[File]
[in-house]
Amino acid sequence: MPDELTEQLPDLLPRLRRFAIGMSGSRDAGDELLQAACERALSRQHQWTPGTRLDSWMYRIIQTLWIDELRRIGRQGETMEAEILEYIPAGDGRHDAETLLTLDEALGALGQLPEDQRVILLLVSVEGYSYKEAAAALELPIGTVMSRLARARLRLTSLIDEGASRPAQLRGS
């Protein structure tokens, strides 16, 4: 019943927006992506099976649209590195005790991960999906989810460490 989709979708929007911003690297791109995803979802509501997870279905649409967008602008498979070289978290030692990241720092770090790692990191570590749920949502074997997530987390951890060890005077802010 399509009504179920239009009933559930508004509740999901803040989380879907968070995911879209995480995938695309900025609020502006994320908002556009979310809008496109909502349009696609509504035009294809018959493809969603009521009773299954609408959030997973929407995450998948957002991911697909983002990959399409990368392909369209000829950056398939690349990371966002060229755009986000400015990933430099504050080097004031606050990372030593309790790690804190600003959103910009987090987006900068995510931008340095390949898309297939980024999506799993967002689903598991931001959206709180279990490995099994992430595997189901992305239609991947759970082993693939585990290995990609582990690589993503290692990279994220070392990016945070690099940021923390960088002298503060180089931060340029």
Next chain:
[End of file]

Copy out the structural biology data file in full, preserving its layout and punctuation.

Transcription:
[in-house]
Amino acid sequence: MPDELTEQLPDLLPRLRRFAIGMSGSRDAGDELLQAACERALSRQHQWTPGTRLDSWMYRIIQTLWIDELRRIGRQGETMEAEILEYIPAGDGRHDAETLLTLDEALGALGQLPEDQRVILLLVSVEGYSYKEAAAALELPIGTVMSRLARARLRLTSLIDEGASRPAQLRGS
């Protein structure tokens, strides 16, 4: 019943927006992506099976649209590195005790991960999906989810460490 989709979708929007911003690297791109995803979802509501997870279905649409967008602008498979070289978290030692990241720092770090790692990191570590749920949502074997997530987390951890060890005077802010 399509009504179920239009009933559930508004509740999901803040989380879907968070995911879209995480995938695309900025609020502006994320908002556009979310809008496109909502349009696609509504035009294809018959493809969603009521009773299954609408959030997973929407995450998948957002991911697909983002990959399409990368392909369209000829950056398939690349990371966002060229755009986000400015990933430099504050080097004031606050990372030593309790790690804190600003959103910009987090987006900068995510931008340095390949898309297939980024999506799993967002689903598991931001959206709180279990490995099994992430595997189901992305239609991947759970082993693939585990290995990609582990690589993503290692990279994220070392990016945070690099940021923390960088002298503060180089931060340029």
Next chain: